Let’s talk about that chapter in your book where you describe going to the crisis pregnancy center. You were expecting it to be an abortion clinic, but got slut-shamed instead – something that’s probably happened to hundreds, if not thousands, of women around the country. You do kind of allude to the fact that you did end up getting an abortion later on in the book, but I’m curious to know how you finally ended up getting the resources that you needed.
Here’s what’s so crazy: I saw the advertisement on the city bus for this crisis center, and of course they mask everything in language that’s meant to manipulate you. So it said “pregnancy tests, choices, options,” so I went there, and it turned out to be this horrible place. I left there, after that woman had made me feel like a criminal, and I got back on the bus, and sat on the other side of the bus this time, and there was an ad for Planned Parenthood! It was like, oh my god, if I had just sat on the other side of the bus, I could have just seen that and been done with it.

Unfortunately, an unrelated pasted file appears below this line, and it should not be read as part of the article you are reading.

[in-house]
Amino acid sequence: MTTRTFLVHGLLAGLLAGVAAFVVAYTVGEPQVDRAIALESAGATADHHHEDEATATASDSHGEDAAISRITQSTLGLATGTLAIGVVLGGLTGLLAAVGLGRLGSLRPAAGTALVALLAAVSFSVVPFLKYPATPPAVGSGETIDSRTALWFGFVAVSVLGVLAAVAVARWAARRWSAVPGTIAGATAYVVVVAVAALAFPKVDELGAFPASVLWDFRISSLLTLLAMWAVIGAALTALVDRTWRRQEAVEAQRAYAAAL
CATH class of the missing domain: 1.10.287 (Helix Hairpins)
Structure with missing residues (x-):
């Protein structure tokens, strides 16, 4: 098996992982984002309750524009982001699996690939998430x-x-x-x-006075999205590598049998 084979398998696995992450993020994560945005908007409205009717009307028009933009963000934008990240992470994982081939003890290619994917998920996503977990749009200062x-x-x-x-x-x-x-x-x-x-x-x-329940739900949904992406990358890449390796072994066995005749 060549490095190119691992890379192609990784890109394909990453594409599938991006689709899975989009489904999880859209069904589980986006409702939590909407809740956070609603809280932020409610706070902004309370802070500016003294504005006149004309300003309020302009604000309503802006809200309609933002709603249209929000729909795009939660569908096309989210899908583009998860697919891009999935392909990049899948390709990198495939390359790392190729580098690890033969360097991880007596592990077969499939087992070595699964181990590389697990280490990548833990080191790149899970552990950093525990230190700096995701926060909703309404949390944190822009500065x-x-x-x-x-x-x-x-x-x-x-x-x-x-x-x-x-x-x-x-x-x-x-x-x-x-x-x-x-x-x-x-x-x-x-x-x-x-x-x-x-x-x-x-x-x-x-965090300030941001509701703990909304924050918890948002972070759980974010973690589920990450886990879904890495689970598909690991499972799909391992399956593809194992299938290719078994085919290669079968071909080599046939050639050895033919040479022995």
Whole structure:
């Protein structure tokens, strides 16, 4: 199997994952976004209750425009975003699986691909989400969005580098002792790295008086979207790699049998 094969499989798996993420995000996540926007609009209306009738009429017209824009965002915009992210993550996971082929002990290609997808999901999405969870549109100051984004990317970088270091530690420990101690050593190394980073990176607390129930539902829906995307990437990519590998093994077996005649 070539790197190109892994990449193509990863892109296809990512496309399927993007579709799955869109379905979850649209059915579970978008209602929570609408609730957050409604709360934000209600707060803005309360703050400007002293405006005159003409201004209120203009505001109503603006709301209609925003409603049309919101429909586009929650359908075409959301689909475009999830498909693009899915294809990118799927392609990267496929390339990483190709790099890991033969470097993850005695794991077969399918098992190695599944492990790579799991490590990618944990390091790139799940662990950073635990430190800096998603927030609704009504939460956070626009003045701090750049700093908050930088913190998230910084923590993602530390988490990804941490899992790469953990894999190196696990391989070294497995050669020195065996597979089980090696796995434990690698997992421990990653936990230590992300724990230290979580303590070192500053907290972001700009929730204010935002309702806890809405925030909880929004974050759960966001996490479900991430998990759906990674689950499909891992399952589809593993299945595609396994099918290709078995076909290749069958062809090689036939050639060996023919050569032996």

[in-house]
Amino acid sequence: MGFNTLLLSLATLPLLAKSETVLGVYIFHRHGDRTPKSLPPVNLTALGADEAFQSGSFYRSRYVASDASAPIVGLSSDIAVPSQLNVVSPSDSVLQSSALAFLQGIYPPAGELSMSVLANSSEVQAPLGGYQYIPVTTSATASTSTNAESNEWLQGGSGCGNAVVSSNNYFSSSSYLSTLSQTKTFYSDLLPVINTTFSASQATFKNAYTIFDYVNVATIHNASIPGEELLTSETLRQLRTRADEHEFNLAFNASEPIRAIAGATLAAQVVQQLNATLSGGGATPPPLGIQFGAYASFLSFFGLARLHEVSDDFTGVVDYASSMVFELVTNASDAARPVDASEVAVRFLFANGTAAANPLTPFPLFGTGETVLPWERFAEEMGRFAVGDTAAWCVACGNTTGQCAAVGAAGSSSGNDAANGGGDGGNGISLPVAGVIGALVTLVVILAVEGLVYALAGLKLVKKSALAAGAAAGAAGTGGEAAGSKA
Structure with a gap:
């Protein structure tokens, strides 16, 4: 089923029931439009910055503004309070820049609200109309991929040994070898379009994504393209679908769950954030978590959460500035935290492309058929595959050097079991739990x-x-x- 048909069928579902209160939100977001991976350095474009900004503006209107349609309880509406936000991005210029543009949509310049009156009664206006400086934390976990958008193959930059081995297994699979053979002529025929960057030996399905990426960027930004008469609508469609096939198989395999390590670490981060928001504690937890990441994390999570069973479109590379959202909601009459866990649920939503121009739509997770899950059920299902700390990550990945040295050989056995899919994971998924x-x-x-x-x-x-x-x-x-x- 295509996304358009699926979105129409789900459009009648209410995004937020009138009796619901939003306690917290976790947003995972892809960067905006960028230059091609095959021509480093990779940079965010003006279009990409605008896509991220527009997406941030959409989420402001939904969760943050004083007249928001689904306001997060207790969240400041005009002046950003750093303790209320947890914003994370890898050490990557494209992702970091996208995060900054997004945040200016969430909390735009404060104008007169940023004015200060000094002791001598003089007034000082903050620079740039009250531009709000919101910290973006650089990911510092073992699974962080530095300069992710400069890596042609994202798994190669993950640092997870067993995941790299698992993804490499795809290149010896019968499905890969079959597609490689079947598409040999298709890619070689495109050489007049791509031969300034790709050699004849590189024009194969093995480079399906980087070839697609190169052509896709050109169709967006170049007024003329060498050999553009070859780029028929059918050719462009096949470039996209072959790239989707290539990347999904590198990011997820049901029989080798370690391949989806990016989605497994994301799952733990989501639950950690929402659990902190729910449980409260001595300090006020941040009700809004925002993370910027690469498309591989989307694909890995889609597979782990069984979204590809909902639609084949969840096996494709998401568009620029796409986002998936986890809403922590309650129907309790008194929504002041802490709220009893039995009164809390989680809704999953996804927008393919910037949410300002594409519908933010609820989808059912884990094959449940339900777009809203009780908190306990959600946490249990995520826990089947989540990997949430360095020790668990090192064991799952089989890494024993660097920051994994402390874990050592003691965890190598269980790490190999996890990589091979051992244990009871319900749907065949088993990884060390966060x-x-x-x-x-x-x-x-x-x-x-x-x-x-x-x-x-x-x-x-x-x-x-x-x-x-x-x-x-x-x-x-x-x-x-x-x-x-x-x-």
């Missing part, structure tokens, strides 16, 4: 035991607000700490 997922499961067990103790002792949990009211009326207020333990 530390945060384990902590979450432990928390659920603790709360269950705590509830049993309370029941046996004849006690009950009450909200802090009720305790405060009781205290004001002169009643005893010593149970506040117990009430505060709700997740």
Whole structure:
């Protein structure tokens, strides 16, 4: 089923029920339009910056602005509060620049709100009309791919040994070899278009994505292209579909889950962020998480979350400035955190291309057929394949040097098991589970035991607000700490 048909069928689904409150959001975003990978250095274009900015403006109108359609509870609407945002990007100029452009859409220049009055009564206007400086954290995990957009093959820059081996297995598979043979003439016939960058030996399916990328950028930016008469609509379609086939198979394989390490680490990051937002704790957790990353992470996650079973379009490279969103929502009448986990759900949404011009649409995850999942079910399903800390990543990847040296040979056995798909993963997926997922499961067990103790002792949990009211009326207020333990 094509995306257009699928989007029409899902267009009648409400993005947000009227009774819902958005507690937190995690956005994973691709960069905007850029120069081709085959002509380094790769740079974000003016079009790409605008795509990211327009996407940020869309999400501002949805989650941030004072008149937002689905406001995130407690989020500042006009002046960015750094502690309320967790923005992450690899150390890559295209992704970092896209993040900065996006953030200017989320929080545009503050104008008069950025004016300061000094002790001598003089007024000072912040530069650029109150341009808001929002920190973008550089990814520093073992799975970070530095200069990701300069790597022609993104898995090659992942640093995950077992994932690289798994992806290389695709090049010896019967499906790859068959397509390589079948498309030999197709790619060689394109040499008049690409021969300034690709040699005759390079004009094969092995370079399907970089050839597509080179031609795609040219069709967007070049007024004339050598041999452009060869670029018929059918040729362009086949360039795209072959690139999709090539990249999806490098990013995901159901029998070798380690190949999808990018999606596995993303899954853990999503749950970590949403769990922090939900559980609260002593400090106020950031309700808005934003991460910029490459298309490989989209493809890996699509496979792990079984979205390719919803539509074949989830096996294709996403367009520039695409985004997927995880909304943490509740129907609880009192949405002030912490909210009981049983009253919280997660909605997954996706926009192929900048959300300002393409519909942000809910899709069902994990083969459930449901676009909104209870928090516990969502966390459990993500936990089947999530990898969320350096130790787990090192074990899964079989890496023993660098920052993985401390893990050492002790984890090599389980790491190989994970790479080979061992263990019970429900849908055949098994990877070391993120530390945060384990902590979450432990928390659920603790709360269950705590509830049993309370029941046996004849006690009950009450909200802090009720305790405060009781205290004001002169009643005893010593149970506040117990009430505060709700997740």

On some level, I’m kind of glad that happened to me, though. It helped me learn about those predatory places that are out there. I had to sit down with a counselor who asked me question about my life choices and what I was doing, and it made me stronger in my resolve, that I’d made the right choice, which was to terminate the pregnancy. So I’m glad I went through this. Somewhere down the line, I’ve expressed to people that this is something a lot of people go through. People go through this all the time; it’s not uncommon, and it can help form the thought process that takes you to a bad place, because somebody is demonizing you. So I wanted to shed a little bit of light on [the fact that] these places are out there, and they prey on women, and they are unregulated, and they get to tell you a whole bunch of things that aren’t true, and nobody stops them.